Compassion can be our liberator; compassion breaks down barriers and joins people together on a human, spiritual level. When we feel compassion for others, how can we ever be alone?
The powerful thing about compassion is that it can bend and remold the usual rigidity of our world’s rules and restriction. It can travel above and beyond the labels that we give to ourselves and each other. It is free to roam into even the darkest corners of the world.
Having compassion is having the worldview that we are all in this together, that the lives of those around you are impacting your own life and vice versa. This is why to achieve our own happiness we must also strive for the happiness of others.
We all contribute to creating the reality that we live in; so by working together and looking out for the emotional frequency of those around you, as well as your own, you are helping to make the reality that you live in that much better.
What about compassion for the darkest of the dark? Wars, violence, terrible cruelty? That is something that only the most practiced of teachers can teach us.
But for now, in your immediate life, compassion for your families, your friends, your neighbors, the people you pass in the street – learning to have greater compassion for them will for now prove your most positive, most enlightened way forward to a happier life.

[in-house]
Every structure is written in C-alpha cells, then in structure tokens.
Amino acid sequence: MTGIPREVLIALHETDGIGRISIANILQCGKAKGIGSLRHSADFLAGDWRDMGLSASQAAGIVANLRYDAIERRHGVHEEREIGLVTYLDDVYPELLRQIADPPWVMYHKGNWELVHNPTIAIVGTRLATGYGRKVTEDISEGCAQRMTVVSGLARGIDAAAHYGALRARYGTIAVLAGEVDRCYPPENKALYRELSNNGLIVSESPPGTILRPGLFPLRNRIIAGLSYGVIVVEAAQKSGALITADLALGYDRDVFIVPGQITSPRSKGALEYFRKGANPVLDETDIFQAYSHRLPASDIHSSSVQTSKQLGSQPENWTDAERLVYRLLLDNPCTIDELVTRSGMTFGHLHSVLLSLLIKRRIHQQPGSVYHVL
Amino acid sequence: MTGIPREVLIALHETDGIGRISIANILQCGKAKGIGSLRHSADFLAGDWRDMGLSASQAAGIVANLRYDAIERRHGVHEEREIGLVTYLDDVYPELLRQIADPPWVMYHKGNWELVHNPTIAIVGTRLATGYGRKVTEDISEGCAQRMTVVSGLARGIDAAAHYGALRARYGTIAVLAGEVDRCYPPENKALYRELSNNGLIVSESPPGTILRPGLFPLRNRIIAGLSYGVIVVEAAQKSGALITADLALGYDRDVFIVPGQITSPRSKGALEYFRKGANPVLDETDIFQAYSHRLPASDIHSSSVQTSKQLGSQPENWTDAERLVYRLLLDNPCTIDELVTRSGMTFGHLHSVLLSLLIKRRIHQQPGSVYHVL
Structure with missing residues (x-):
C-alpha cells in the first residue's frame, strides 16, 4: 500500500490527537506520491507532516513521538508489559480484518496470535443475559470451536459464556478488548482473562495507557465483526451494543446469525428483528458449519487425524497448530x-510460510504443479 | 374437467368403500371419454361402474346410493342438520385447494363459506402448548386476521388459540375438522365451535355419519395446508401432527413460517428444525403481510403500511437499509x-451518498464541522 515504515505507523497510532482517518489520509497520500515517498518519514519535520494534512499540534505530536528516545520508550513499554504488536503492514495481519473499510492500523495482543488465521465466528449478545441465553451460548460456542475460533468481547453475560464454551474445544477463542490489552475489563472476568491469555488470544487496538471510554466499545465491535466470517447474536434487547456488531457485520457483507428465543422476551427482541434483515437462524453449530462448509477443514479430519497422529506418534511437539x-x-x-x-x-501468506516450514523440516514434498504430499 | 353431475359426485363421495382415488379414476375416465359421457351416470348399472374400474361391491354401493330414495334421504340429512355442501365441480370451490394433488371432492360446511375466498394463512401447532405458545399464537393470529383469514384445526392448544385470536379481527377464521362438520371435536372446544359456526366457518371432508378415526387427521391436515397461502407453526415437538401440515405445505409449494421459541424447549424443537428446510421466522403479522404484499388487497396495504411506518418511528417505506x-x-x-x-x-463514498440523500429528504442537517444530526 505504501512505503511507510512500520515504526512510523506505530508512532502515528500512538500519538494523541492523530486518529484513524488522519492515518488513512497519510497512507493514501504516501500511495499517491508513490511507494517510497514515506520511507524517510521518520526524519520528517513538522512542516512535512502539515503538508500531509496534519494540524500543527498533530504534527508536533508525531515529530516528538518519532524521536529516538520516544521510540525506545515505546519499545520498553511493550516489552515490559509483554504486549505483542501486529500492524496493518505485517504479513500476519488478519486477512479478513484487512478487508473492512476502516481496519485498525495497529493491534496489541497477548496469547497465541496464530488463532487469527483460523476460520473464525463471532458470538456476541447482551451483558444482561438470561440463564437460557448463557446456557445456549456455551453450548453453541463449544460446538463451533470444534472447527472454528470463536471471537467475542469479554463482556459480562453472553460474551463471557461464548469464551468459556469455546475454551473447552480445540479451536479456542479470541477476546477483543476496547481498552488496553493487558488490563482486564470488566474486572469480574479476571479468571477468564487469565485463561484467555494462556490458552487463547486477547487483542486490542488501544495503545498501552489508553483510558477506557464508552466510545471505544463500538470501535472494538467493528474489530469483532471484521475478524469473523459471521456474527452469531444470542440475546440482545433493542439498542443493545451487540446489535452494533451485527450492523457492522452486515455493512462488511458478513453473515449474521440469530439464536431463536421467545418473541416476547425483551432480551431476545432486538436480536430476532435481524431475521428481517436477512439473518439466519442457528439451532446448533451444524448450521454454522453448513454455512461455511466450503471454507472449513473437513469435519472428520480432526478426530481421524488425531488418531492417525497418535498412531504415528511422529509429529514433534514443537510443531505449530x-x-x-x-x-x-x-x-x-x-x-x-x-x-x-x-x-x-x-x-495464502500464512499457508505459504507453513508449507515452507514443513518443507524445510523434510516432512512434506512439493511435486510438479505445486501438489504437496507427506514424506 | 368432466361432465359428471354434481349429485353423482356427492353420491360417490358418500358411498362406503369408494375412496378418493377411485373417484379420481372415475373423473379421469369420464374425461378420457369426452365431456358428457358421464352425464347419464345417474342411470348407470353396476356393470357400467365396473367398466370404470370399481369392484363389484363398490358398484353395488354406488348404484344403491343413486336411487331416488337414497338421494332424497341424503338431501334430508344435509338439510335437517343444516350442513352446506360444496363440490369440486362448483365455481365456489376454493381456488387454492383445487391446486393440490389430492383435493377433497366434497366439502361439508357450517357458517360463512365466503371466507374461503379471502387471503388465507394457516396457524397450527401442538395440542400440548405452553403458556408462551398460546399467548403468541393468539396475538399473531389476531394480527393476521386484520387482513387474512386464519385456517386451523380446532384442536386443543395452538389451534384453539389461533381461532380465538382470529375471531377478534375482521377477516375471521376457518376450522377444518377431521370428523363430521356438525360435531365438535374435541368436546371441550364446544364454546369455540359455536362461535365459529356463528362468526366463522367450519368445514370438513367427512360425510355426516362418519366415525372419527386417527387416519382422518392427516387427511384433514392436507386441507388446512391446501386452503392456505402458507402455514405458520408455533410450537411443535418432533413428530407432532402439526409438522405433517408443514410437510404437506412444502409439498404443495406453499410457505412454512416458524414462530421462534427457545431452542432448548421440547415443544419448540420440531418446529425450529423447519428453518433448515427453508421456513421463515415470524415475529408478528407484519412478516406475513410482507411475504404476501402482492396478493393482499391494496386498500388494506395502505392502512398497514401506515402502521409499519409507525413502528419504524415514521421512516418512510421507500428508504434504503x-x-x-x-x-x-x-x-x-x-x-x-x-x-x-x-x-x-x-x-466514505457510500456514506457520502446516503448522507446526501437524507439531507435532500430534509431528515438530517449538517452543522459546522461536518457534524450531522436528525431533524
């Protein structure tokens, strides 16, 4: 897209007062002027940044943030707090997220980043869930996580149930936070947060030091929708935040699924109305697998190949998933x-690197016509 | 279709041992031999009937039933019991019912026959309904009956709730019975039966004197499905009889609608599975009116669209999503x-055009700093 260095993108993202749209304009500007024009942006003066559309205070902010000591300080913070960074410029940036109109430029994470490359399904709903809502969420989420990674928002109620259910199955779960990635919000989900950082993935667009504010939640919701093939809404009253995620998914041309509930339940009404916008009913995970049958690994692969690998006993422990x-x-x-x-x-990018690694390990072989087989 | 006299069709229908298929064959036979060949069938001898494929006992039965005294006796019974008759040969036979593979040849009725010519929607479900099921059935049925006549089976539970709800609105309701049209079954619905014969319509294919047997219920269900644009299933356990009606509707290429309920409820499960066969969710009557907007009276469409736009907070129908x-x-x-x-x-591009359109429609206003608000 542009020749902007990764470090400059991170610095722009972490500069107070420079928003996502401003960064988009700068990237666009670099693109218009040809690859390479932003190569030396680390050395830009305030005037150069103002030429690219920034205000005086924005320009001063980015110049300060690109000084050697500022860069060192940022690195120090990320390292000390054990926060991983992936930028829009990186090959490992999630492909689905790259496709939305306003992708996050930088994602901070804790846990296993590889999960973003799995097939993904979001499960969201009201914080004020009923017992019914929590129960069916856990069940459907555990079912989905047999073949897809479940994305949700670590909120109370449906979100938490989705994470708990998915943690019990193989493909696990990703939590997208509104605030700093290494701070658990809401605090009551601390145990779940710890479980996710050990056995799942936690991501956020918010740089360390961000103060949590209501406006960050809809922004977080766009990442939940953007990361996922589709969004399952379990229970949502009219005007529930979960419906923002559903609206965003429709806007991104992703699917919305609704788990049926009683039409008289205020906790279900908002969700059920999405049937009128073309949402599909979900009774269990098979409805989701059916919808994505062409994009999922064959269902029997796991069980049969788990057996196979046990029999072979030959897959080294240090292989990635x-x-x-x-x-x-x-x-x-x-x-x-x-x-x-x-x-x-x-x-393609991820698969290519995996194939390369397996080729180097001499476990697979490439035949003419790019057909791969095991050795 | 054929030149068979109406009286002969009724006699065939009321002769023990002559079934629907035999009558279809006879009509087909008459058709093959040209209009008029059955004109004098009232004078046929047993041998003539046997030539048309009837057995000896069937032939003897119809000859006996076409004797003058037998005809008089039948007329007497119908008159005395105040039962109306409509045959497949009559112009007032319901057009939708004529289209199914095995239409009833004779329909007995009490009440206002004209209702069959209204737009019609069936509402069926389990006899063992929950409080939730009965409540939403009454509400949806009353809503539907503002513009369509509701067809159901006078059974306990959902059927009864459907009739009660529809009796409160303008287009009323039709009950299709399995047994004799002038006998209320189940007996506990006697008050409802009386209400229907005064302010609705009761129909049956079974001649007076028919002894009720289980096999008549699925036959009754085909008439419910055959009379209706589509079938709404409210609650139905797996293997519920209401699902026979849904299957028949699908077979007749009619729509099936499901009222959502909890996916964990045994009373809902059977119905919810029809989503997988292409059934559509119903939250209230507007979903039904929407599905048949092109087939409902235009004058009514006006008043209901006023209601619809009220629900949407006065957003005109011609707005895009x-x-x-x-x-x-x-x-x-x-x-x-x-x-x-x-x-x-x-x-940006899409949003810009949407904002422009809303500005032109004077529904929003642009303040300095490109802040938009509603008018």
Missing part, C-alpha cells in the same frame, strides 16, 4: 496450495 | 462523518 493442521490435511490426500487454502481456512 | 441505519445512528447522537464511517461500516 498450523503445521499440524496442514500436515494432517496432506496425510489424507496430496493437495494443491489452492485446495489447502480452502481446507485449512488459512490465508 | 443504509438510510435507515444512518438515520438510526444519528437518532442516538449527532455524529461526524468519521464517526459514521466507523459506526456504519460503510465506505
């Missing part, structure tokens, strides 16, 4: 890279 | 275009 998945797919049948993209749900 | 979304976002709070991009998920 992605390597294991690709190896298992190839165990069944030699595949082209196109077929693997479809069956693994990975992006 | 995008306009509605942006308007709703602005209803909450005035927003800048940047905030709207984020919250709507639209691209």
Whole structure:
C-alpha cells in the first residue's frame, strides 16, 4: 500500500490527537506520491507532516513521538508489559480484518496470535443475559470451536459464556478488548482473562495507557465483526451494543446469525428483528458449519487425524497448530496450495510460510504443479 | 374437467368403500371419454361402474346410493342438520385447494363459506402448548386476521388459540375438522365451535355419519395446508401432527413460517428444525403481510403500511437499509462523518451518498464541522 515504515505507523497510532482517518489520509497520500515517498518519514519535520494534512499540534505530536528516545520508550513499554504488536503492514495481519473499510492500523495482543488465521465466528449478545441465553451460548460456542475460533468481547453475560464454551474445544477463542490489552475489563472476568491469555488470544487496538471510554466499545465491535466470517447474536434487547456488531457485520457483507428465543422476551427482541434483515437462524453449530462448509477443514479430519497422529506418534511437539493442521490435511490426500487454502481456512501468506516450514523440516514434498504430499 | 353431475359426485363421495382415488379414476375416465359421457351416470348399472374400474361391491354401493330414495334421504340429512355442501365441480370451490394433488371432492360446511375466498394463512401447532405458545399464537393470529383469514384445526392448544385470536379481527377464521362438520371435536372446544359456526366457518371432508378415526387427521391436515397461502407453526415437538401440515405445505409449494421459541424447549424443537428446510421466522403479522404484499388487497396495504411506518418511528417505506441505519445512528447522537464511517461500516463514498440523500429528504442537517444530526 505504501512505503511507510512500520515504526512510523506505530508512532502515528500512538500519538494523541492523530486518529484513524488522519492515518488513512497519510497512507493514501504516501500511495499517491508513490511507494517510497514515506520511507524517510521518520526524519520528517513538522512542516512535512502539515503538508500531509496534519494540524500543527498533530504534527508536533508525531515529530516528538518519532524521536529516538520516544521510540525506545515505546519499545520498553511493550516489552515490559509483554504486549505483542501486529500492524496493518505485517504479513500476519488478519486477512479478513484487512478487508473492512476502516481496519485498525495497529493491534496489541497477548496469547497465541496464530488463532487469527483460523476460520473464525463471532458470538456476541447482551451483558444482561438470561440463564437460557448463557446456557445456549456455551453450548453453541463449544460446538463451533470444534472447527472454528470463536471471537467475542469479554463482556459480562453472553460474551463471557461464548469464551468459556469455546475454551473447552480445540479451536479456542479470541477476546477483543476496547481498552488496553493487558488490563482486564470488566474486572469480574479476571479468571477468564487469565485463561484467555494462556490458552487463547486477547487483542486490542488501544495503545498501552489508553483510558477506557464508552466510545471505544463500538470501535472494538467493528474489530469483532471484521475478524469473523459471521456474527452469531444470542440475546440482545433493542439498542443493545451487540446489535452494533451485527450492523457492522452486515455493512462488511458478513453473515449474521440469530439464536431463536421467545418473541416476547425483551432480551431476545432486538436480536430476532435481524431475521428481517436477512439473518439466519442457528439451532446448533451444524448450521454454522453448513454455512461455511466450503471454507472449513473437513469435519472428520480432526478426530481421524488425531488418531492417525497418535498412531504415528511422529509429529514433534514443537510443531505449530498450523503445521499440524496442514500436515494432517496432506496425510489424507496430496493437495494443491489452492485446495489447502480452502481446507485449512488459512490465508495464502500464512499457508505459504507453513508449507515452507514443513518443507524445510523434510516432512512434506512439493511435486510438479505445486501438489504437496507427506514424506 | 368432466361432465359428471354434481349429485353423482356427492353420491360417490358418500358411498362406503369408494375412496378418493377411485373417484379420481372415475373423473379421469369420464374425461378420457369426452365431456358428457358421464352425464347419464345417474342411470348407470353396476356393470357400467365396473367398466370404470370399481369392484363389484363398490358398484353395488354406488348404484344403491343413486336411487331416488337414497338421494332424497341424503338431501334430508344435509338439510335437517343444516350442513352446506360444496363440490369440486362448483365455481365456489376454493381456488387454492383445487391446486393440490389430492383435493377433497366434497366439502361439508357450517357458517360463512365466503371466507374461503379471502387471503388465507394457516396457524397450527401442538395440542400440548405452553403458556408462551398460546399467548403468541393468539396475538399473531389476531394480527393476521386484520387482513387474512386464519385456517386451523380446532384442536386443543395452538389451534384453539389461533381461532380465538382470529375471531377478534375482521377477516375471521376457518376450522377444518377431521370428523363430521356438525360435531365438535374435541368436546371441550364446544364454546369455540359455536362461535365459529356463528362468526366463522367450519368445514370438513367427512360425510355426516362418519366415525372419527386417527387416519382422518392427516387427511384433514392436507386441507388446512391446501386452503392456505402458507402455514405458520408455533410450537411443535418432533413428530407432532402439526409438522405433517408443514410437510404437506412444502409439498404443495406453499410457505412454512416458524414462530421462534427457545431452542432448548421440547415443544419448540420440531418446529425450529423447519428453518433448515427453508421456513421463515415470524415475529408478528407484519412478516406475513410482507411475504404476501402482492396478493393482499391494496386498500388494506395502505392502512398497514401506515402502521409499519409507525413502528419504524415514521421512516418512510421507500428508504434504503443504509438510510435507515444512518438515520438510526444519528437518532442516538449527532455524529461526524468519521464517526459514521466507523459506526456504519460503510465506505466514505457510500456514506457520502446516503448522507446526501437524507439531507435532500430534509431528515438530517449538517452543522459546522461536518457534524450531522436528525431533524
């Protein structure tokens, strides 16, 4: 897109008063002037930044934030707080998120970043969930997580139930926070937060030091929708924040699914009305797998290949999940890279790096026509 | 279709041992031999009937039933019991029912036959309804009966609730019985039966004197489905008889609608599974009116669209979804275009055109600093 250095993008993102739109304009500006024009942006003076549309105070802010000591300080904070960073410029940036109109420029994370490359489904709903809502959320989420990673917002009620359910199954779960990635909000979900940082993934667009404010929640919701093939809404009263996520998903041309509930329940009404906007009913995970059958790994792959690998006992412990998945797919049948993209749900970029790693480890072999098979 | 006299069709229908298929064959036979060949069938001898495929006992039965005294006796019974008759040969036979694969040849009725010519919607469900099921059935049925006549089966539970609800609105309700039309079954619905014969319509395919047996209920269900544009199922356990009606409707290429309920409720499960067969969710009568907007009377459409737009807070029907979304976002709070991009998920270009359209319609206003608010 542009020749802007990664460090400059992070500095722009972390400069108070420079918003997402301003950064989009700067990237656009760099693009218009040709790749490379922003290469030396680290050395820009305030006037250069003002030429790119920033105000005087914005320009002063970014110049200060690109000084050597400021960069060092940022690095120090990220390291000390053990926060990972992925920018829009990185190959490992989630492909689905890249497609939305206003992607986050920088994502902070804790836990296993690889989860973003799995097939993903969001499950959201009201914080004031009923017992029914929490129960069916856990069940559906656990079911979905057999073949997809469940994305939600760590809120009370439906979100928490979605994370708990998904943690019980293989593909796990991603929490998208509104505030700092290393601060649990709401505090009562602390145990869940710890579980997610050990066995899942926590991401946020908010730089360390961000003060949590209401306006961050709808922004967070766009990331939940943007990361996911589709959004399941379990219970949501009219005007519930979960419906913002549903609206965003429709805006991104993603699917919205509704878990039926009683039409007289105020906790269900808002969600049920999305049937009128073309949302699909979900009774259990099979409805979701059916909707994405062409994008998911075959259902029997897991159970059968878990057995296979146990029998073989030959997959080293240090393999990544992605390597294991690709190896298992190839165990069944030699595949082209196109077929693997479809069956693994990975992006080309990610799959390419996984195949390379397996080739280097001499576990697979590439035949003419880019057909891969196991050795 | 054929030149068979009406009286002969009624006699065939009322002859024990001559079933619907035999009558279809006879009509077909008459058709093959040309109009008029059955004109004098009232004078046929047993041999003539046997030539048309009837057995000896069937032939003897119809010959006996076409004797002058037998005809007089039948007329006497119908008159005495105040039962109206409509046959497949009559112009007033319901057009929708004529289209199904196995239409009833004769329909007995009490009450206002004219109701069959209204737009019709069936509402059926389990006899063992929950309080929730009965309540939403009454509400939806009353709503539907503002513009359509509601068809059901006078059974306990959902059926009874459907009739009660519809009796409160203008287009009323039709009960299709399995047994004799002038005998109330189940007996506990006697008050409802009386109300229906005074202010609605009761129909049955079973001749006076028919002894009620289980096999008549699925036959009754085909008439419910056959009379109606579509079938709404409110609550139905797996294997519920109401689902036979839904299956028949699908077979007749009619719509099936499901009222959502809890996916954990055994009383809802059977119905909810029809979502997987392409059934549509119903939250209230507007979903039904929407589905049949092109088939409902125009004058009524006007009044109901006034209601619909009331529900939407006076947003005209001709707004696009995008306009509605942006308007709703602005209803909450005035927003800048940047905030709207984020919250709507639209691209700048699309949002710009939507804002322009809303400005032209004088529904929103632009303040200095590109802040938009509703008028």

Having compassion for others and for yourself can change your world. Begin to use compassion more wisely in your life and the results will be illuminating.
How To Be More Compassionate
If you feel that you need to work on becoming more compassionate, I have put together a list of simple things you can do, or change, that can help you to become more compassionate to not only yourself but others around you too.
1. Listen Fully To Others
Sometimes, all people need is someone who will listen to them. You may not have a solution for someone, but even just being there for this person in their time of need is enough to make them feel loved and safe.
Next time someone reaches out to you, listen to their problems and show that you care.
2. Put Yourself In Someone Else’s Situation Mentally
Some people may hurt you, or cause you pain. Some may seem distant or not paying attention, but there is often a reason for this. Understand that everyone suffers and everyone feels joy.
Try to put yourself in the other person’s shoes and understand why they may be acting a certain way, and realize it’s not always directed at you personally.
3. Treat Others How You Would Want To Be Treated
If someone is having a bad day, show them support, if someone needs to express their sadness, let them and recognize that you would want to be treated in the same way.
4. Be Kind To Yourself
We often put pressure on ourselves or beat ourselves up, but this is not the answer. In order to be compassionate to others, you need to be compassionate to yourself. It can be hard to show others love if we do not show ourselves, love.
Practice self-care and learn to love yourself, so that you can love others too.
*This article was originally published at www.thelawofattraction.com.